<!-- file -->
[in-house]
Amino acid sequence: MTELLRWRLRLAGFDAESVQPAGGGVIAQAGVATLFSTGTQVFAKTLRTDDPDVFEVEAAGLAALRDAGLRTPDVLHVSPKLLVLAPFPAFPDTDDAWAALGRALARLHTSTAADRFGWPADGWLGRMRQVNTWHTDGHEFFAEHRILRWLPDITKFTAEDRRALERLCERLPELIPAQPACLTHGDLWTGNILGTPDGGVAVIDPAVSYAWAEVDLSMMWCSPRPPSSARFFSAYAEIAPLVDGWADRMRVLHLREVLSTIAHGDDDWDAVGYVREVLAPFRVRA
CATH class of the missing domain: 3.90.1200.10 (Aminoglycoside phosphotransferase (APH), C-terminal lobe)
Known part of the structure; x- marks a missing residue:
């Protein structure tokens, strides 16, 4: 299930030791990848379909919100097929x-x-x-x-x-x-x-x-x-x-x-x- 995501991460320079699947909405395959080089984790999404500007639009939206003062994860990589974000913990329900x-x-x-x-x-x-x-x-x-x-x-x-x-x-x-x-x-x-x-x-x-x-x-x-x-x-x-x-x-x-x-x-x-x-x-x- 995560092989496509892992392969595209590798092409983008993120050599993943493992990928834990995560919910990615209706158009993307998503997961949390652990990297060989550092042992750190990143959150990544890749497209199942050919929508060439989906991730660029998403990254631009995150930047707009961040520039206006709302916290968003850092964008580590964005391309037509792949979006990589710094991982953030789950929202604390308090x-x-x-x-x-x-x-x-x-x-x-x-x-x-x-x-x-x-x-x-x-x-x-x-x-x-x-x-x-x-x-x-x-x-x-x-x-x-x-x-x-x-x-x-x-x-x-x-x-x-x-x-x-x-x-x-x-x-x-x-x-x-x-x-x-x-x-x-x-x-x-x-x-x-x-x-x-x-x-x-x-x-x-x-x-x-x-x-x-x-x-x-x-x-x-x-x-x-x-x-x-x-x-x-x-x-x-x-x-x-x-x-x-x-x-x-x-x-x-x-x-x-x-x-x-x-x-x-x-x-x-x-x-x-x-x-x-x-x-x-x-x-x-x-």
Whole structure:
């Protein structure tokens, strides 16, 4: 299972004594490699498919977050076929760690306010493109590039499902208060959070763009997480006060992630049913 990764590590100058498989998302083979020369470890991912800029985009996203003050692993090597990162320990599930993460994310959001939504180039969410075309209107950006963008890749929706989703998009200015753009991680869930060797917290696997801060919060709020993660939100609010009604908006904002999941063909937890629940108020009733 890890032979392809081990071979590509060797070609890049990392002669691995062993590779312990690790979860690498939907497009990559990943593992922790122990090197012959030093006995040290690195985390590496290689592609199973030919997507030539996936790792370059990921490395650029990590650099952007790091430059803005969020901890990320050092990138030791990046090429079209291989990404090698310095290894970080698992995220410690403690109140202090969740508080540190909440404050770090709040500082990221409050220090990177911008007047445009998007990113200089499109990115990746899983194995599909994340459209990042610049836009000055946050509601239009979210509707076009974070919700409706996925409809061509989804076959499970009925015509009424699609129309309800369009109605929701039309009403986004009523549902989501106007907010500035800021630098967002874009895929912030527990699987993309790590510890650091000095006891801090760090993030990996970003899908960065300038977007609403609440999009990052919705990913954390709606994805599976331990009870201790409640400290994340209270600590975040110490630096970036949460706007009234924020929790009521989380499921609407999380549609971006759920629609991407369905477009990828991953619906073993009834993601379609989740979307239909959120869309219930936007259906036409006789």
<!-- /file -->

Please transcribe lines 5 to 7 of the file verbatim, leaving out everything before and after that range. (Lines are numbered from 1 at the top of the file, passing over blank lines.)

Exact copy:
């Protein structure tokens, strides 16, 4: 299930030791990848379909919100097929x-x-x-x-x-x-x-x-x-x-x-x- 995501991460320079699947909405395959080089984790999404500007639009939206003062994860990589974000913990329900x-x-x-x-x-x-x-x-x-x-x-x-x-x-x-x-x-x-x-x-x-x-x-x-x-x-x-x-x-x-x-x-x-x-x-x- 995560092989496509892992392969595209590798092409983008993120050599993943493992990928834990995560919910990615209706158009993307998503997961949390652990990297060989550092042992750190990143959150990544890749497209199942050919929508060439989906991730660029998403990254631009995150930047707009961040520039206006709302916290968003850092964008580590964005391309037509792949979006990589710094991982953030789950929202604390308090x-x-x-x-x-x-x-x-x-x-x-x-x-x-x-x-x-x-x-x-x-x-x-x-x-x-x-x-x-x-x-x-x-x-x-x-x-x-x-x-x-x-x-x-x-x-x-x-x-x-x-x-x-x-x-x-x-x-x-x-x-x-x-x-x-x-x-x-x-x-x-x-x-x-x-x-x-x-x-x-x-x-x-x-x-x-x-x-x-x-x-x-x-x-x-x-x-x-x-x-x-x-x-x-x-x-x-x-x-x-x-x-x-x-x-x-x-x-x-x-x-x-x-x-x-x-x-x-x-x-x-x-x-x-x-x-x-x-x-x-x-x-x-x-």
Whole structure:
């Protein structure tokens, strides 16, 4: 299972004594490699498919977050076929760690306010493109590039499902208060959070763009997480006060992630049913 990764590590100058498989998302083979020369470890991912800029985009996203003050692993090597990162320990599930993460994310959001939504180039969410075309209107950006963008890749929706989703998009200015753009991680869930060797917290696997801060919060709020993660939100609010009604908006904002999941063909937890629940108020009733 890890032979392809081990071979590509060797070609890049990392002669691995062993590779312990690790979860690498939907497009990559990943593992922790122990090197012959030093006995040290690195985390590496290689592609199973030919997507030539996936790792370059990921490395650029990590650099952007790091430059803005969020901890990320050092990138030791990046090429079209291989990404090698310095290894970080698992995220410690403690109140202090969740508080540190909440404050770090709040500082990221409050220090990177911008007047445009998007990113200089499109990115990746899983194995599909994340459209990042610049836009000055946050509601239009979210509707076009974070919700409706996925409809061509989804076959499970009925015509009424699609129309309800369009109605929701039309009403986004009523549902989501106007907010500035800021630098967002874009895929912030527990699987993309790590510890650091000095006891801090760090993030990996970003899908960065300038977007609403609440999009990052919705990913954390709606994805599976331990009870201790409640400290994340209270600590975040110490630096970036949460706007009234924020929790009521989380499921609407999380549609971006759920629609991407369905477009990828991953619906073993009834993601379609989740979307239909959120869309219930936007259906036409006789």